To help make a diagnosis, your GP may ask you:

  • whether you feel breathless or you're breathing faster than usual
  • how long you've had your cough and whether you're coughing up mucus and what colour it is
  • if the pain in your chest is worse when you breathe in or out

Your GP may also take your temperature. They will listen to your chest and back with a stethoscope to check for any crackling or rattling sounds.

They may also listen to your chest by tapping it. Lungs filled with fluid produce a different sound from healthy lungs.

If you have mild pneumonia, you probably won't need to have a chest x-ray or any other tests.

Treating pneumonia

Mild pneumonia can usually be treated at home by:

  • getting plenty of rest
  • taking antibiotics
  • drinking plenty of fluids

If you don't have any other health problems, you should respond well to treatment and soon recover. Your cough may last for some time.

It’s usually safe for someone with pneumonia to be around others. But if you have a weakened immune system, you are less able to fight off infections. you should avoid close contact with a person with pneumonia.

For at-risk groups, pneumonia can be severe and may need to be treated in hospital. This is because it can lead to serious complications. In some cases these can be fatal, depending on a person's health and age.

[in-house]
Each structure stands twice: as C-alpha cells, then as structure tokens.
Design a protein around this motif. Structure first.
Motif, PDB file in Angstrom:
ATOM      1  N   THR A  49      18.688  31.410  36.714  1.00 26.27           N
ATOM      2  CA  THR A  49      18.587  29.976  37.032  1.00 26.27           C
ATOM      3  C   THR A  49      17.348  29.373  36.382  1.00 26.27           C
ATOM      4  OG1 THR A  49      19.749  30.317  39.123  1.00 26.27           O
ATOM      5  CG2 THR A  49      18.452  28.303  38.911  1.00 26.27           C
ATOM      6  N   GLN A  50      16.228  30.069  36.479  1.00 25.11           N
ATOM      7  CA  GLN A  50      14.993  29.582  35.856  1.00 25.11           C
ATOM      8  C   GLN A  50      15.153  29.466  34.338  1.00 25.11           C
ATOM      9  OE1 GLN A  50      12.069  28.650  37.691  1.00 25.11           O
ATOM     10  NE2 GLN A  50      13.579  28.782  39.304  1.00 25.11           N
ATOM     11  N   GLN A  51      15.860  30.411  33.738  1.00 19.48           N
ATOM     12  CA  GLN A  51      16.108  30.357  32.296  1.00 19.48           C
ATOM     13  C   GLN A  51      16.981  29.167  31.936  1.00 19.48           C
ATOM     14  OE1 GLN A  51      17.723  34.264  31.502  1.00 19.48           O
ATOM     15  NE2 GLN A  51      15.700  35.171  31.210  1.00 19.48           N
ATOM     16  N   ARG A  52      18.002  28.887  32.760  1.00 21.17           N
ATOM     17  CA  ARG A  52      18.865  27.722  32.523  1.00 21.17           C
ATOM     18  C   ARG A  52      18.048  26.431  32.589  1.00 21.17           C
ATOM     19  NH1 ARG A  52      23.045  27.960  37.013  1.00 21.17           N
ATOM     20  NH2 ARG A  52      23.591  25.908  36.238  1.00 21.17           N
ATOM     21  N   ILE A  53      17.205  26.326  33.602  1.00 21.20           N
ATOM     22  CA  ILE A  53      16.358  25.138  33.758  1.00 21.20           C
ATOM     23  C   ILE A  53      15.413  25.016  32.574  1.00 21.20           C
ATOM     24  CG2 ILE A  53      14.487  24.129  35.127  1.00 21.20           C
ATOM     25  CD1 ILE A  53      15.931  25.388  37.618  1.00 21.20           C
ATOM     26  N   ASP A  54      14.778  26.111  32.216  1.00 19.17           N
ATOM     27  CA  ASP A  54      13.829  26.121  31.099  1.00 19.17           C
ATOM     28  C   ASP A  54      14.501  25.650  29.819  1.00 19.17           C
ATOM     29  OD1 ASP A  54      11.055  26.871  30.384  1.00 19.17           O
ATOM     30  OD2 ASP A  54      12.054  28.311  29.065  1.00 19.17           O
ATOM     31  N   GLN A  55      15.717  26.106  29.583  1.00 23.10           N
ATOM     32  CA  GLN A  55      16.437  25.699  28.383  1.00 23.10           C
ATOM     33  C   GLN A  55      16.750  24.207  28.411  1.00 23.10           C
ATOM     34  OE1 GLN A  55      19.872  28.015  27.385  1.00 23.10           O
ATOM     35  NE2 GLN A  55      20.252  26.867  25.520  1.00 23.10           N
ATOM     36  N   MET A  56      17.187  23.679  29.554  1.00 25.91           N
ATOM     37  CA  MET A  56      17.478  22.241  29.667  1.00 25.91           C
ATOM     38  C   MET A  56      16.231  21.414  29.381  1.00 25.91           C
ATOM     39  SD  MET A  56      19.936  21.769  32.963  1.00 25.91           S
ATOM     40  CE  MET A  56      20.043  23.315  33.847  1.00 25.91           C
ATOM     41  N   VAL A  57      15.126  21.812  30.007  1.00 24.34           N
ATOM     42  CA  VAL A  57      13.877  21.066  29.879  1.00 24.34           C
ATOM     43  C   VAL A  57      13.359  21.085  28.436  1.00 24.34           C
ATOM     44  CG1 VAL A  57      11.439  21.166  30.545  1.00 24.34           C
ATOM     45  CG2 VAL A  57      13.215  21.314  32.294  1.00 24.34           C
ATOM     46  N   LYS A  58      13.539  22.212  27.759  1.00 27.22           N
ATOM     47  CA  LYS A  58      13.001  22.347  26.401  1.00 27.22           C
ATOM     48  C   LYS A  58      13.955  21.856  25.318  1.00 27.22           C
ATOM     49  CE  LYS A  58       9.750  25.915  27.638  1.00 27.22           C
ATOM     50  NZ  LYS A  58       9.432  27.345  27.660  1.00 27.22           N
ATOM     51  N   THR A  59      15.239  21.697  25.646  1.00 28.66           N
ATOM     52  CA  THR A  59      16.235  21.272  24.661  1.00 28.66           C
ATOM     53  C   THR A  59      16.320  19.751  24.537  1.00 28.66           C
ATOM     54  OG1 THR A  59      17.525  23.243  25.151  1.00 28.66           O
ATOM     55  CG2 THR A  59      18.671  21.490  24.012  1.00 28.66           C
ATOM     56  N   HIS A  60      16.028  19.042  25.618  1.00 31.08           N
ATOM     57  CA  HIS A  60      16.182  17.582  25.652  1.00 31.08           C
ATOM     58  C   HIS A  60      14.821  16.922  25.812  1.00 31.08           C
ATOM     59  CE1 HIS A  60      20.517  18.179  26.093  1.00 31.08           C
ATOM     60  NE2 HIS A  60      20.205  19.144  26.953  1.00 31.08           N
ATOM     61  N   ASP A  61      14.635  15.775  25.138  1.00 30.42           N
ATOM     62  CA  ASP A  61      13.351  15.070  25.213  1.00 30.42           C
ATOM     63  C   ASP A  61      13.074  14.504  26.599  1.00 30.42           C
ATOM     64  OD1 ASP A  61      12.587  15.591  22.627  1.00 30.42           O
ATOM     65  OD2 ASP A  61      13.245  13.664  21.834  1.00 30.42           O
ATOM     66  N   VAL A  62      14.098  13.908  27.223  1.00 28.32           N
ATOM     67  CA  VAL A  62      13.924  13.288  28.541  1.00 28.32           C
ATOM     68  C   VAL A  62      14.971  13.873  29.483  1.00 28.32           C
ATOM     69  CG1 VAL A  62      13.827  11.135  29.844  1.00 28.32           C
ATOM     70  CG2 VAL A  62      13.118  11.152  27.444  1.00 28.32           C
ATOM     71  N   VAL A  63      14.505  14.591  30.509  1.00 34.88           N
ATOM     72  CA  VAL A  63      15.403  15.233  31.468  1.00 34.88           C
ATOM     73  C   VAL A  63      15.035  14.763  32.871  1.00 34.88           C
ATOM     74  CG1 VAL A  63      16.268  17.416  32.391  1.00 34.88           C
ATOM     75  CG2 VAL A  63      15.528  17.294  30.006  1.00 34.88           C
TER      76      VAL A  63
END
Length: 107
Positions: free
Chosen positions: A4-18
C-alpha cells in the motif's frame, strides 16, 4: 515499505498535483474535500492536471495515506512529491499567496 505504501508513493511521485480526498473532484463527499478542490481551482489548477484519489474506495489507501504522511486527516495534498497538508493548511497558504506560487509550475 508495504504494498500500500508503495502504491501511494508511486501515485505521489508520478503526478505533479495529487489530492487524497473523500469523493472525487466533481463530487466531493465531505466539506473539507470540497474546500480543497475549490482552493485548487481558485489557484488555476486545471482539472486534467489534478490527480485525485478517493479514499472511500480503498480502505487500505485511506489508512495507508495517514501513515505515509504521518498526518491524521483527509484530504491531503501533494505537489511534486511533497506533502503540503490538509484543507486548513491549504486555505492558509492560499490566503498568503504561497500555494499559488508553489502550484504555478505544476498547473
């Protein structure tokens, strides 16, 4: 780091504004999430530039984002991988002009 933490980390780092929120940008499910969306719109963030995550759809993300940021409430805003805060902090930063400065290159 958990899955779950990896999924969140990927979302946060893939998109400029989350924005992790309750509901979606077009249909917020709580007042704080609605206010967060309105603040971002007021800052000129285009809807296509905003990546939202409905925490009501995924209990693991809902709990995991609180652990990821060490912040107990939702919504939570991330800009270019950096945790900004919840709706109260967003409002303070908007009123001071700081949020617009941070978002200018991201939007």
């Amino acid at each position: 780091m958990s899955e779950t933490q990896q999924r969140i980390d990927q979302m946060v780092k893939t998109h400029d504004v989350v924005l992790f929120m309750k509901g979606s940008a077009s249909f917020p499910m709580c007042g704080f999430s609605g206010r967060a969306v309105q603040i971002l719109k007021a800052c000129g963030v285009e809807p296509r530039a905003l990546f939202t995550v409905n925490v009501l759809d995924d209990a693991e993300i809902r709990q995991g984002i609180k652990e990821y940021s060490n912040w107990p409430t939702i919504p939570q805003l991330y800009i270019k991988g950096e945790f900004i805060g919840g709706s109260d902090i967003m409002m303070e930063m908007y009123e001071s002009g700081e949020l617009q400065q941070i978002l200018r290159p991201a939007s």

Read more about treating pneumonia

Complications of pneumonia

Complications of pneumonia are more common in:

  • young children
  • older people
  • those with pre-existing health conditions, such as diabetes

Possible complications of pneumonia include:

  • pleurisy – where the thin linings between your lungs and rib cage (pleura) become inflamed, which can lead to respiratory failure
  • a lung abscess – a rare complication that's mostly seen in people with a serious pre-existing illness or a history of severe alcohol misuse
  • blood poisoning (septicaemia) – also a rare but serious complication

You'll be admitted to hospital for treatment if you develop any of these complications.

Preventing pneumonia

Most cases of pneumonia are bacterial and are not passed on from one person to another. But good standards of hygiene will help prevent germs spreading.

You should:

  • cover your mouth and nose with a tissue when you cough or sneeze
  • throw away used tissues immediately
  • wash your hands regularly to avoid spreading germs to other people or objects

A healthy lifestyle can also help prevent pneumonia.

You should stop smoking as it damages your lungs and increases the chance of infection.

Excessive and prolonged alcohol misuse also weakens your lungs' natural defences against infections. These will make you more vulnerable to pneumonia.

Read more about how alcohol affects the body

People at high risk of pneumonia should be offered the pneumococcal vaccine and flu vaccine.

Content supplied by the NHS and adapted for Ireland by the HSE

Page last reviewed: 6 April 2020
Next review due: 6 April 2023

This project has received funding from the Government of Ireland’s Sláintecare Integration Fund 2019 under Grant Agreement Number 123.